In 2006, then-Mayor Michael Bloomberg appointed a five-member task force to review a 2005 balloon incident where an M&M balloon forced a street lamp top over, injuring two sisters [source: NY Times]. The task force found that balloons should be flown at lower heights to avoid obstructions. The guidelines for how high a balloon should be flown vary for each balloon.
In addition to these guidelines, anemometers -- instruments that measure the speed of wind -- are mounted on poles at key points on the route, and each one is monitored with a portable computer by a police officer and a New York City Office of Emergency Management representative.
Macy's begins planning for the parade at least one year in advance and includes float and balloon creation, celebrity booking, volunteer coordination, and training for clowns and balloon handlers. As the parade grows closer, the preparations get more intense.
Well before the parade begins, objects that could obstruct balloons -- including arms of lampposts, traffic-signal poles, streetlights and trees -- are either altered or removed. On the eve of the parade, the balloons and floats are brought to New York City, and set up begins. By 6 a.m. on Thanksgiving Day, the balloons and floats are ready to go, and parade participants take their places for the 9 a.m. parade start.
After the parade, floats are immediately disassembled, balloons deflated and all are returned to their warehouse in Hoboken, N.J. The Sanitation Department estimated it cost $30,000 to clean up after the 1990 parade [source: NY Times]. Mechanical street sweepers are used to clear the mess. In 2012, one website reported it took 75 sanitation workers and 15 sanitation officers to clean up 40 tons on parade debris.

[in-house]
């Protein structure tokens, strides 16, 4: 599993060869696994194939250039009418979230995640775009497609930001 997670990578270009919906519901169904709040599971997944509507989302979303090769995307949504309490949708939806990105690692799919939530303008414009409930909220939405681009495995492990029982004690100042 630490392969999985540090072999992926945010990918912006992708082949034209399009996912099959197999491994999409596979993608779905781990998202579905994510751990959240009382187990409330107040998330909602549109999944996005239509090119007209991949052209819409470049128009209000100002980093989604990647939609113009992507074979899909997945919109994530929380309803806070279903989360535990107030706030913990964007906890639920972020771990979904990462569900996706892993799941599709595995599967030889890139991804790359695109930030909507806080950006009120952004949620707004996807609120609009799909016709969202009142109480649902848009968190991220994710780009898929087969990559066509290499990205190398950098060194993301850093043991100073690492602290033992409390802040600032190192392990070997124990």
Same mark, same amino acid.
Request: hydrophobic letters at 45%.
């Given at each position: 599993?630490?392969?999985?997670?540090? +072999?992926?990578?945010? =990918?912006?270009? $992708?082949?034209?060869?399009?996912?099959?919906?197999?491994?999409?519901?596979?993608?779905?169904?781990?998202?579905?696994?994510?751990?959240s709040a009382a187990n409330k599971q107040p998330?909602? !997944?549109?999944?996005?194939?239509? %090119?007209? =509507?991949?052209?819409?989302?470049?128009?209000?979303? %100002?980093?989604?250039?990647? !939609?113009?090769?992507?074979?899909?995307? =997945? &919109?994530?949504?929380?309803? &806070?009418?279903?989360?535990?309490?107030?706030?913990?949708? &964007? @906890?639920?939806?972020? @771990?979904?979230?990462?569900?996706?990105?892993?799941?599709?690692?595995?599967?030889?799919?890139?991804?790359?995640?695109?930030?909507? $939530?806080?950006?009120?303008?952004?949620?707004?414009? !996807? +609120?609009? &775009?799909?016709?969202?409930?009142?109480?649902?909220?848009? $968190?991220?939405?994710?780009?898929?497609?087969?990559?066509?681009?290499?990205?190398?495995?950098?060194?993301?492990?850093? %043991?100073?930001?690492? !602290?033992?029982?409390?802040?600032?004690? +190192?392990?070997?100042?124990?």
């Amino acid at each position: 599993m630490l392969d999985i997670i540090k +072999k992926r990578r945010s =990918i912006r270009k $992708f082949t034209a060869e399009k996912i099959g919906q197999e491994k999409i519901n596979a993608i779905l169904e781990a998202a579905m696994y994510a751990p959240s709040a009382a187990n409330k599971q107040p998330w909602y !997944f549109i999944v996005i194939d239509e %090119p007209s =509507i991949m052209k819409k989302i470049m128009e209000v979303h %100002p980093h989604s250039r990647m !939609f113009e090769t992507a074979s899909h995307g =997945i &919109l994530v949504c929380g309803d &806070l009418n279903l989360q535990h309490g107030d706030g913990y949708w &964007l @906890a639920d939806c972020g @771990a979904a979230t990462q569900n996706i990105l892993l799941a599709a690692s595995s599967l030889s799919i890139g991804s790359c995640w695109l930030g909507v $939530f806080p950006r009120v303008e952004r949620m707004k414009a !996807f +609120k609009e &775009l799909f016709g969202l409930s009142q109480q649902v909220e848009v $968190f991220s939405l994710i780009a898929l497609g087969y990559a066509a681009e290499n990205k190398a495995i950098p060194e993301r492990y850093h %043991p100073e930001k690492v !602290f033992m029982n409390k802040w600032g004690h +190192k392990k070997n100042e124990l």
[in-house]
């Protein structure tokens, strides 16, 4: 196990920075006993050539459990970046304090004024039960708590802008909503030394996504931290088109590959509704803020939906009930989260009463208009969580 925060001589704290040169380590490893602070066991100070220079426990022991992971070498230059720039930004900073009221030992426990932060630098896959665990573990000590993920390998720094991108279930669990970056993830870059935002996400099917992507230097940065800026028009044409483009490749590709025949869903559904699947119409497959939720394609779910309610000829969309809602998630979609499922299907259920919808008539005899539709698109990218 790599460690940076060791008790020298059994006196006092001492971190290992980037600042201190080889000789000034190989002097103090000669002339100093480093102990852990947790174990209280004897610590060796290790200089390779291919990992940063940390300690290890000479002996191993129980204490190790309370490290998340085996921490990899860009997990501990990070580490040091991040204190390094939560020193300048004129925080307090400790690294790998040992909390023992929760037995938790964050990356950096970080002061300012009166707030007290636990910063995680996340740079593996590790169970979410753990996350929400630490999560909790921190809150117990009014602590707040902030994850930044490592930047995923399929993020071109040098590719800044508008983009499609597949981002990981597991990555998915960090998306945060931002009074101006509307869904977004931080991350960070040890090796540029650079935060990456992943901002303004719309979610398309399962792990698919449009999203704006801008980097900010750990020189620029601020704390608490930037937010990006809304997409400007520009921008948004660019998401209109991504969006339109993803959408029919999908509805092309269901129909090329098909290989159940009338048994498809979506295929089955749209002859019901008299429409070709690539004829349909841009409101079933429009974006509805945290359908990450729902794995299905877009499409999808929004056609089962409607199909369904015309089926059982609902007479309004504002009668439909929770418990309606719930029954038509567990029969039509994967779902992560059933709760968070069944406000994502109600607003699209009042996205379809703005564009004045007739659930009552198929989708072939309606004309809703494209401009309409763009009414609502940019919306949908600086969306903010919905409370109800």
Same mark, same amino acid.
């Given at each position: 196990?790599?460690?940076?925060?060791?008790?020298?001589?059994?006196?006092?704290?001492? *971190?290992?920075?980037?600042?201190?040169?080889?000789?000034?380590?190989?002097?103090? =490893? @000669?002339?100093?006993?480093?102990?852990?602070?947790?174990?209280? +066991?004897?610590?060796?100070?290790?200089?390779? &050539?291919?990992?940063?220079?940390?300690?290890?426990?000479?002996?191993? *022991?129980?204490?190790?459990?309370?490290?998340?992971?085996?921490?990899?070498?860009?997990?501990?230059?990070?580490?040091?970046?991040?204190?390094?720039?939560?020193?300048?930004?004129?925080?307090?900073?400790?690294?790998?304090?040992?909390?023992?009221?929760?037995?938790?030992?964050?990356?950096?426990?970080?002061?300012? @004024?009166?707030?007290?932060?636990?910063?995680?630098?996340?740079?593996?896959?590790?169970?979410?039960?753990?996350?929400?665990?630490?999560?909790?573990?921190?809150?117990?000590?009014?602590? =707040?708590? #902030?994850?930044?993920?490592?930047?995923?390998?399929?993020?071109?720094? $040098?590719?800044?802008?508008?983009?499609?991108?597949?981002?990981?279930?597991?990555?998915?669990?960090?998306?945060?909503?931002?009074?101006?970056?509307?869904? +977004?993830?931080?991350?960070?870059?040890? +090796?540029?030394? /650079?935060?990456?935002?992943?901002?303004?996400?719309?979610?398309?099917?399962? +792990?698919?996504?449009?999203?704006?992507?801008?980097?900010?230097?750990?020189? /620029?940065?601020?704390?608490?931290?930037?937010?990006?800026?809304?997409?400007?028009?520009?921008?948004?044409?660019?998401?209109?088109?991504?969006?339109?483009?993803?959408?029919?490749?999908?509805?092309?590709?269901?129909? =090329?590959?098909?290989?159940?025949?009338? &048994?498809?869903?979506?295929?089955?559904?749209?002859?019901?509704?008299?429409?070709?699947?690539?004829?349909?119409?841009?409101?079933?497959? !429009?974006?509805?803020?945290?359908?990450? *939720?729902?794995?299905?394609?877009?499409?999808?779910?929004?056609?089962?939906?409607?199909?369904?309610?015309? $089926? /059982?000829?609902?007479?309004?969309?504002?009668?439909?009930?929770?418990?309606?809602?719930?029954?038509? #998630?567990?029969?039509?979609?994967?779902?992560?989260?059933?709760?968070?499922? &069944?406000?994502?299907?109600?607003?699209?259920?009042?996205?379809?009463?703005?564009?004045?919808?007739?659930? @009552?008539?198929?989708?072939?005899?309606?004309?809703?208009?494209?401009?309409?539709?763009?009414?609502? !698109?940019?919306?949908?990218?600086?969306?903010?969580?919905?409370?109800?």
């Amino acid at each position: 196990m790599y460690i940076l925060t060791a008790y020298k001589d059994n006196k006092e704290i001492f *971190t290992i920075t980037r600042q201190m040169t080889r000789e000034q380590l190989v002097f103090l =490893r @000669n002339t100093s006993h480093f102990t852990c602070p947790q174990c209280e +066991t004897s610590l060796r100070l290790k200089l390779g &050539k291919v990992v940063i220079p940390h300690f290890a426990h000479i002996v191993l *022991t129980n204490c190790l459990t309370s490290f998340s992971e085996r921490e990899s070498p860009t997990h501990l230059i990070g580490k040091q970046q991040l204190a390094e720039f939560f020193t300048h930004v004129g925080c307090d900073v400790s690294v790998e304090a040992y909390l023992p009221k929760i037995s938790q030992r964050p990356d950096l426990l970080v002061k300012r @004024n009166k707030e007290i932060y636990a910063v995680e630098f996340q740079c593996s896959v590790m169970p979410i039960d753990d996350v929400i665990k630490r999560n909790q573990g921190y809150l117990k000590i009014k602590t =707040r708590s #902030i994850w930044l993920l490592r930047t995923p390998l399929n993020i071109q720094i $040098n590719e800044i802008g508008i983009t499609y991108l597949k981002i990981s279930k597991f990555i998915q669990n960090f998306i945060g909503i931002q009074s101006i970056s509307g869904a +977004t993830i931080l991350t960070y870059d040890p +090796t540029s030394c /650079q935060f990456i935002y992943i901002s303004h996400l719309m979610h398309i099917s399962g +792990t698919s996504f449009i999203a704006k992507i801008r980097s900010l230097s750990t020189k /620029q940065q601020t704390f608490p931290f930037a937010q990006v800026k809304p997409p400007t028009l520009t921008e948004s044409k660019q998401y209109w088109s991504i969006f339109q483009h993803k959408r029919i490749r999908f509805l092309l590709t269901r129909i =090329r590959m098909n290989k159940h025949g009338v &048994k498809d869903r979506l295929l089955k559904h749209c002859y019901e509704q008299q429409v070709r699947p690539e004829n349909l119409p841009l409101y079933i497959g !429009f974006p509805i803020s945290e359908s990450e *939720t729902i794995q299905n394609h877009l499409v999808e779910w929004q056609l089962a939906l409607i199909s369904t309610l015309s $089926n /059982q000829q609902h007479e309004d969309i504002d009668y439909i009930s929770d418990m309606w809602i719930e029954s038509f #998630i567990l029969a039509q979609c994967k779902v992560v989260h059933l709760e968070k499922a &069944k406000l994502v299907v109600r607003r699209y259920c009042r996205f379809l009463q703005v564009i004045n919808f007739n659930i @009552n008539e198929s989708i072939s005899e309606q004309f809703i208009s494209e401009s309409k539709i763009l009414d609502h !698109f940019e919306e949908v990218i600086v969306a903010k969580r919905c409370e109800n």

For lots more information on the parade and related articles, please see the next page.
More Great Links
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- Gordon, Greg. "New York's extensive war on terrorism rivals national effort." McClatchy Newspapers. http://www.mcclatchydc.com/staff/greg_gordon/story/15150.html. December 6, 2006.
- Grippo, Robert M., Hoskins, Christopher. "Macy's Thanksgiving Day Parade (Images of America)." 2004. Arcadia Publishing.
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- McDonough, Anne. "March Madness; An Insider's Guide to Seeing New York's Thanksgiving Extravaganza-the Right Way." The Washington Post. November 8, 2006.
- McFadden, Robert D. "Above, Familiar Characters; Below, Their Cheering Fans." The New York Times. November 28, 2003. http://query.nytimes.com/gst/fullpage.html?res=9503E2DD153AF93BA15752C1A9659C8B63&sec=&spon=&pagewanted=all
- Macy's Thanksgiving Day Parade Press Kit. 2006. http://www.macys.com/catalog/syndicated/remote/remotesyndication.ognc?Brand=PRESSRELEASE
- Macy's Thanksgiving Day Parade Press Kit. 2007. http://www.macys.com/catalog/syndicated/remote/ remotesyndication.ognc? Brand=PRESSRELEASE
- Martin, Douglas. "A Day to Give Thanks for Balloons: A 'Balloonatic' Makes Air Sculptures for Macy's Parade. November 24, 1994.
- Martin, Douglas. "No Lightweight Duty for Macy's Helpers; Rigorous Drills and New Rules for Balloon Crews After '97 Accident." November 3, 1998.
- Mindlin, Alex. "The Man in Blue, Two Stories Tall." The New York Times. December 24, 2006.
- Polgreen, Lydia. "As His Relatives Roast, Tom Turkey Shivers At the Front of a Parade." The New York Times. November 29, 2002.
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- Wolf, Buck. "Balloonatics Prepare for Thanksgiving Parade." ABCNews.com. November 23, 2004. http://abcnews.go.com/Entertainment/WolfFiles/story?id=291499